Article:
LAHORE: I wonder how long the people of Pakistan will have to suffer at the hands of military and civilian dictators, who think that they have all the wisdom to run this country and establish a welfare state, when they don’t even know what running a welfare state implies. In such a state, the provision of quality and affordable healthcare to citizens is a top priority.
I want to ask the chief minister of Punjab about the portion of the budget his government has allocated for the improvement of public sector hospitals. Why has he refused to accept the demand of young doctors for reform in their service structure? He has called the army doctors to help manage the hospitals but did he know the salaries, facilities and compensation packages the defence forces are offering to their young doctors?
Does he know that in the UK, doctors are being paid more than civil servants of the same grade and that they command more respect than government servants? Does he really feel that hiring of new doctors in place of the young doctors who went on strike is a practical and long-term solution to the current problem; what if the new doctors hired demand reforms in the service structure too?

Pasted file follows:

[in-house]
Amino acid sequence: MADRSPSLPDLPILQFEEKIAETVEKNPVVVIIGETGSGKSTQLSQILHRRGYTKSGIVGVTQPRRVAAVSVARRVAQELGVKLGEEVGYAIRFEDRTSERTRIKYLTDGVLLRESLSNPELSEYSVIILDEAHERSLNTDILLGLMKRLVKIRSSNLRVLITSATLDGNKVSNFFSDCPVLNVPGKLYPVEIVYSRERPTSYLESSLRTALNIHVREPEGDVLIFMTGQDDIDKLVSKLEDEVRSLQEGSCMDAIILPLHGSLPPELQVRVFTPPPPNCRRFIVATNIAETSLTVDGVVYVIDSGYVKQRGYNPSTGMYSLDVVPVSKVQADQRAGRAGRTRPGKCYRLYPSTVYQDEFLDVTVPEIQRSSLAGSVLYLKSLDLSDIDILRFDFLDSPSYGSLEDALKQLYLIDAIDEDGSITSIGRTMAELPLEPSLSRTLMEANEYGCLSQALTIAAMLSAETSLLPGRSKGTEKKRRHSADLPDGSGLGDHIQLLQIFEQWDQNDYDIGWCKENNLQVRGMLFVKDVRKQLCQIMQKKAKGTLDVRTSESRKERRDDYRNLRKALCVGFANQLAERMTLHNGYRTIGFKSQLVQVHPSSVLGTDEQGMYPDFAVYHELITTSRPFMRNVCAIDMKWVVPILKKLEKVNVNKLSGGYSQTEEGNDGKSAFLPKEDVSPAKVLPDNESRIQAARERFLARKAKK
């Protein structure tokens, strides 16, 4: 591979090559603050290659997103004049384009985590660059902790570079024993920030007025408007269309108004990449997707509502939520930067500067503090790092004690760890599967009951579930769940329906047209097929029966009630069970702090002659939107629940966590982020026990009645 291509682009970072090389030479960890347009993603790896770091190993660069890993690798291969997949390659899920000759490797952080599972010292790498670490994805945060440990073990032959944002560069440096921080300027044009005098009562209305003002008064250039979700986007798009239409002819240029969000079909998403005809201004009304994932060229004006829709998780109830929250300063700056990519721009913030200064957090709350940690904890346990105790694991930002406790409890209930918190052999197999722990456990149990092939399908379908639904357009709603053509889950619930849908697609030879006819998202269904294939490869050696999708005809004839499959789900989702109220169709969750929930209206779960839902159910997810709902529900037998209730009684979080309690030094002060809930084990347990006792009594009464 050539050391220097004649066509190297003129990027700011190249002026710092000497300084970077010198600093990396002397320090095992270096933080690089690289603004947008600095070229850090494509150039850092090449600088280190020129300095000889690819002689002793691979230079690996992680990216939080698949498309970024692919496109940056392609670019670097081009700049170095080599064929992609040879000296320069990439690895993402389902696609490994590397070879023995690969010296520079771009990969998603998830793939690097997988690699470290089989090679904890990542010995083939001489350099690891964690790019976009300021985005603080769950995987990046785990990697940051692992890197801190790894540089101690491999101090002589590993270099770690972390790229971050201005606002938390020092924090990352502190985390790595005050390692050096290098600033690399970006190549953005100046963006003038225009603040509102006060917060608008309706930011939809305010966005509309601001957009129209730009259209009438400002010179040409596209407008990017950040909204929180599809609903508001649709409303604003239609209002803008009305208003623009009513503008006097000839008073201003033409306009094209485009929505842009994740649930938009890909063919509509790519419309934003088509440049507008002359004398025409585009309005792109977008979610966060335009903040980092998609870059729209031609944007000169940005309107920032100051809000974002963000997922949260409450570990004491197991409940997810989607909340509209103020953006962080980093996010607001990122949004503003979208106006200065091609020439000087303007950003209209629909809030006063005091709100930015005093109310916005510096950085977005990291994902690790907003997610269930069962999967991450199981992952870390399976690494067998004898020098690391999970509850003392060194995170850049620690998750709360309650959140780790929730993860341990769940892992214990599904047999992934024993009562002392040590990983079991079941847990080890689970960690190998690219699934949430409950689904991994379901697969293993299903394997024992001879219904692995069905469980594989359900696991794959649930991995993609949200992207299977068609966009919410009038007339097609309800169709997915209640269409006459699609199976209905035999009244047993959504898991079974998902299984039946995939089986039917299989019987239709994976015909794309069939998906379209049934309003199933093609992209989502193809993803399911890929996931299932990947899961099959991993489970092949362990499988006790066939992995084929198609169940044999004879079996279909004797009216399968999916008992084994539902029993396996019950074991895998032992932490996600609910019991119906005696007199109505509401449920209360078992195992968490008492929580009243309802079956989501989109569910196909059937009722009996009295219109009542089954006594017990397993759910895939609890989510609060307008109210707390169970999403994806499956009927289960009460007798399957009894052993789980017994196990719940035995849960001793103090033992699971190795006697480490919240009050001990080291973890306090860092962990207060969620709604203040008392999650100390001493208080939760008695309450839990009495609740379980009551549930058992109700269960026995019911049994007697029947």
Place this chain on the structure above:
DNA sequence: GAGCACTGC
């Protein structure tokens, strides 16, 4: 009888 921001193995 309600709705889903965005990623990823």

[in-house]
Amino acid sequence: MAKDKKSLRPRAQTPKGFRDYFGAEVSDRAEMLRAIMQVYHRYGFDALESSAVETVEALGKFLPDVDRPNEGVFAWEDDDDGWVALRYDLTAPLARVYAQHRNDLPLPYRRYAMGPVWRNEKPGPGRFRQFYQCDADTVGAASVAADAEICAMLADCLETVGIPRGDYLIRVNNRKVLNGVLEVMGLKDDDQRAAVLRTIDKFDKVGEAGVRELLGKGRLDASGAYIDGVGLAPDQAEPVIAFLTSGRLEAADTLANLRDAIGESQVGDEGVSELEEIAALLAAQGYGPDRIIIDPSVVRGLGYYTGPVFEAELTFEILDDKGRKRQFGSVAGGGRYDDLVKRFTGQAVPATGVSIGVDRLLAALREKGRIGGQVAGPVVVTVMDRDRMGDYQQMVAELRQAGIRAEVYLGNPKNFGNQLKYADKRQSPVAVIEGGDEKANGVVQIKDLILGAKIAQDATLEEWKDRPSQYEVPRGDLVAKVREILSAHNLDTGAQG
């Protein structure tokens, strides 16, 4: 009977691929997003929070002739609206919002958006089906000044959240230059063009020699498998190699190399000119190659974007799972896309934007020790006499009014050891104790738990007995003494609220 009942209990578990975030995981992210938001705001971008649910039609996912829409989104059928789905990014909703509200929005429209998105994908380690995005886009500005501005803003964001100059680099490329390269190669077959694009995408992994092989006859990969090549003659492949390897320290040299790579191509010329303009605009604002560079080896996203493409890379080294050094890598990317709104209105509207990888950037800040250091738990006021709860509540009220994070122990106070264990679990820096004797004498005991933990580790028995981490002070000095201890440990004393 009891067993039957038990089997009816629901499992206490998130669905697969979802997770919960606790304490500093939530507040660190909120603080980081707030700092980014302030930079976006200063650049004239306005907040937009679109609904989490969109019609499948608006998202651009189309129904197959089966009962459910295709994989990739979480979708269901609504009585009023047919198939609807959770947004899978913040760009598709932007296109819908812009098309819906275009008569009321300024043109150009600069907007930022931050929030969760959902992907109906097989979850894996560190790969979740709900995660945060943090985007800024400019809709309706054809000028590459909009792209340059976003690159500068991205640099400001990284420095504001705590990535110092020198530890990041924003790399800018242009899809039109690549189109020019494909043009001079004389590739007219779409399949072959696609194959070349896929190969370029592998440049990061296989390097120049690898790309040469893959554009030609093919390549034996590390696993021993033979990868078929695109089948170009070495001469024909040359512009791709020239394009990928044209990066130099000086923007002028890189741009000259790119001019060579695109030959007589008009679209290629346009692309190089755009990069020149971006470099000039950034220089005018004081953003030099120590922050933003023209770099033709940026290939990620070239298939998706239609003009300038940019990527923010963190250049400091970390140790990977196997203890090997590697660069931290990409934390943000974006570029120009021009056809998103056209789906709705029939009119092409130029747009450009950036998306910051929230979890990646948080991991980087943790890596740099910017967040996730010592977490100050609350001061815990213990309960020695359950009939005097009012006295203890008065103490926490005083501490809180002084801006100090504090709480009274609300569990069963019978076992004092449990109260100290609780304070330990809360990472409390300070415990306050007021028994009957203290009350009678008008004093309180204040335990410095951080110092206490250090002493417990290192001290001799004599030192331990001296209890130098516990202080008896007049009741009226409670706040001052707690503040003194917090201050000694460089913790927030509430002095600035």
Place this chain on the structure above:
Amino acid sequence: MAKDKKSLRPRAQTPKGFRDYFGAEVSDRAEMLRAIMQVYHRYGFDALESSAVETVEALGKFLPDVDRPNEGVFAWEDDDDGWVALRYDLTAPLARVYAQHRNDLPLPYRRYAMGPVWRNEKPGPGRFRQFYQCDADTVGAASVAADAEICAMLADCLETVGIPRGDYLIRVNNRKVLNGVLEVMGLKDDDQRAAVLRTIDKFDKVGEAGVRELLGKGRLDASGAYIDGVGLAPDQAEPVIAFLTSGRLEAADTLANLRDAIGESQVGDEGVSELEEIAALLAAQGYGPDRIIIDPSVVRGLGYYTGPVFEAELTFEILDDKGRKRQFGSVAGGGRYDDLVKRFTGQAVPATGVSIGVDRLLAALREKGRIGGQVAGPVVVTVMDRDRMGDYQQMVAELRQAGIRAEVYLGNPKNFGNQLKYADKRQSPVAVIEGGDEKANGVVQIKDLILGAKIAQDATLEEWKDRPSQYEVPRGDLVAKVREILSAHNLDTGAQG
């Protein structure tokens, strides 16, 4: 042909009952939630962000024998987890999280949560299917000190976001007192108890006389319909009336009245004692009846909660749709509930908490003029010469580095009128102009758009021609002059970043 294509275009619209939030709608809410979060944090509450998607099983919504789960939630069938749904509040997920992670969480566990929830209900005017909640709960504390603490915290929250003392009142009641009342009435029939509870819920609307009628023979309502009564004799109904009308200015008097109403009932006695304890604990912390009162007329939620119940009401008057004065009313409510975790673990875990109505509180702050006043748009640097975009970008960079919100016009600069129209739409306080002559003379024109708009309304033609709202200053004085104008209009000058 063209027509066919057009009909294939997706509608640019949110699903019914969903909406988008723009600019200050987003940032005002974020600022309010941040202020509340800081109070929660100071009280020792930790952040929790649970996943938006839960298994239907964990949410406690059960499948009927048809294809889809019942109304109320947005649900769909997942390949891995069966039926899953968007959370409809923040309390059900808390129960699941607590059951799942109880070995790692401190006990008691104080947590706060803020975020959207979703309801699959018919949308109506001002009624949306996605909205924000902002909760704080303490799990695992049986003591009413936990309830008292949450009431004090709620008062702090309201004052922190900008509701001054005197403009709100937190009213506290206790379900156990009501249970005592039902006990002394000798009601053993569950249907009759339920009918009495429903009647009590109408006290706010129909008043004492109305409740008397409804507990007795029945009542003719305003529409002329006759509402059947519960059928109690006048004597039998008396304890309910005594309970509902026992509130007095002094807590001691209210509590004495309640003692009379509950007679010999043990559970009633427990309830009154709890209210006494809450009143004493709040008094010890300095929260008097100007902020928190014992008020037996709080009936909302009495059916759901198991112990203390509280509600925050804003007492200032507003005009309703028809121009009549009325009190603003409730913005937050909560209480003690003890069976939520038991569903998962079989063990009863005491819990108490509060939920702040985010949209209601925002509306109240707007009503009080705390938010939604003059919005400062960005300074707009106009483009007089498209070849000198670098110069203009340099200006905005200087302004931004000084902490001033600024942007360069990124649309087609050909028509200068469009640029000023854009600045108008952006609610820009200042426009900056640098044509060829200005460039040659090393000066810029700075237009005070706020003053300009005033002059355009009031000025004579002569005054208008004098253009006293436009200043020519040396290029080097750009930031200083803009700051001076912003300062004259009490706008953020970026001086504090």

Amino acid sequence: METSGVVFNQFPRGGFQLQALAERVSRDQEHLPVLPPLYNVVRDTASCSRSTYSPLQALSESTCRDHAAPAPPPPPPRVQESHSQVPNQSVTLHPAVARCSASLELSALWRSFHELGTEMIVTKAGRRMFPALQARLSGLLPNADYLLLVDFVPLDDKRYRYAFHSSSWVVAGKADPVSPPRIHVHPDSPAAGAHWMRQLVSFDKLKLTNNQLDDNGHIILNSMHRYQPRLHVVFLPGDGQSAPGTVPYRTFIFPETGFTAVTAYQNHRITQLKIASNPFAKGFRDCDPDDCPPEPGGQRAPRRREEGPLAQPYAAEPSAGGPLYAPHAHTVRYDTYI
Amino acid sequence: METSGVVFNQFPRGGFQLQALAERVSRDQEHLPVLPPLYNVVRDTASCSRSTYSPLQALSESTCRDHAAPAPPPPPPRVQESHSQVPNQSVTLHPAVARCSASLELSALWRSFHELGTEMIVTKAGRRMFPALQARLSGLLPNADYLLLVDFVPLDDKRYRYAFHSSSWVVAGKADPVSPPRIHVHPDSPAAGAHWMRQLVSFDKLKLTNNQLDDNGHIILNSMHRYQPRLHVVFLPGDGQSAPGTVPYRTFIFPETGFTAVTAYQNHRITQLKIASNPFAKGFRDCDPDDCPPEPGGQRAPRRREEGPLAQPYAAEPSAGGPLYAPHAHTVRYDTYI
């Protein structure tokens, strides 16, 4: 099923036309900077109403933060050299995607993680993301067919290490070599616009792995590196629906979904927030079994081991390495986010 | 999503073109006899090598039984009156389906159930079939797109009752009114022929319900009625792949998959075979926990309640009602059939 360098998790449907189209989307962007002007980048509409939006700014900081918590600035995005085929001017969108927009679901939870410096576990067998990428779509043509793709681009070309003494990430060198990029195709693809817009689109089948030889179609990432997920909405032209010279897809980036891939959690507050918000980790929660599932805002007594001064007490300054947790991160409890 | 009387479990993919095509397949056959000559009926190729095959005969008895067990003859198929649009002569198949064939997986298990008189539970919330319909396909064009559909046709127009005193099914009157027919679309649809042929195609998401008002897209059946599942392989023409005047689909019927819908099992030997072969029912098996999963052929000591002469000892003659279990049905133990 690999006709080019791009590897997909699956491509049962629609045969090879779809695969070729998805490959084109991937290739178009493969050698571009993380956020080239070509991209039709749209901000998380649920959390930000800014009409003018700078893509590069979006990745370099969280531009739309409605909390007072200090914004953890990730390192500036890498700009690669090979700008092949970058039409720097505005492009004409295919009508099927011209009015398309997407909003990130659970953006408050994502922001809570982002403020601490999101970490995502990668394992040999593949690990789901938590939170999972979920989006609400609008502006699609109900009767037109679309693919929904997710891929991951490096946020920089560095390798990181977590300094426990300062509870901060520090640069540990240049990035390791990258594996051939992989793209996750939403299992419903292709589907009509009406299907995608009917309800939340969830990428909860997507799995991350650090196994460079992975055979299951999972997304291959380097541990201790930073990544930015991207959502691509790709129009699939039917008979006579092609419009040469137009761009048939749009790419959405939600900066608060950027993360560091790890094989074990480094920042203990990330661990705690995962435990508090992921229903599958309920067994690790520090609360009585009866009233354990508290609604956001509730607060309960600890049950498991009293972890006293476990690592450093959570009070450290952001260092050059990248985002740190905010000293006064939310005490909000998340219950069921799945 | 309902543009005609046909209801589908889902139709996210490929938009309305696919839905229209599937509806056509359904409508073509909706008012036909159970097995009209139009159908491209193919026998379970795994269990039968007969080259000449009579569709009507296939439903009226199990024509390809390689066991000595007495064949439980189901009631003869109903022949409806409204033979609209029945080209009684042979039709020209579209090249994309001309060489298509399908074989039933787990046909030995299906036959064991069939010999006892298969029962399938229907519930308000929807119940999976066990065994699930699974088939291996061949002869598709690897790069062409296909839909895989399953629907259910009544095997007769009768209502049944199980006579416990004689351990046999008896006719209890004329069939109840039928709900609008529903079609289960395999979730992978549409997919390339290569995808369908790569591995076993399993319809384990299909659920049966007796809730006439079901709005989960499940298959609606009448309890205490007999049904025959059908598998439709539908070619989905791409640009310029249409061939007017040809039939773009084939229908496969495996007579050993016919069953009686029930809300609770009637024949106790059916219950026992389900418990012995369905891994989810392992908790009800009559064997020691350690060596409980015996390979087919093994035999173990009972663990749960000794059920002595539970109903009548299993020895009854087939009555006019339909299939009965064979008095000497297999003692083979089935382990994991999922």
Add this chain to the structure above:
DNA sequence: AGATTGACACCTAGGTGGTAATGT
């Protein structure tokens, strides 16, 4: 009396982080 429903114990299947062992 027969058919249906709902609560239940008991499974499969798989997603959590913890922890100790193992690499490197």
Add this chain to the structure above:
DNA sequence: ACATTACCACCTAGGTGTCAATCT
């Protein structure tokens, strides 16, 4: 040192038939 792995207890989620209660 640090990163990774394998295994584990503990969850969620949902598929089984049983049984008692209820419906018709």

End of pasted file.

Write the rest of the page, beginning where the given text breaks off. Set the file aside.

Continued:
It is unfortunate that the chief minister, bearing the responsibility of ensuring the well-being of 62 per cent of the citizens of this country, has failed to establish any example of good governance for the federal government and other provincial governments. His failure has led to young doctors of all provinces to unite in their demands for better financial compensation.
I would also like to ask the respected chief minister whether health and education are more important than a mass transit system or a sasti roti project? Why has he missed the opportunity to prove through his deeds and four-and-a-half-year rule that he really cares about the people of Pakistan.
Published in The Express Tribune, July 12th, 2012.
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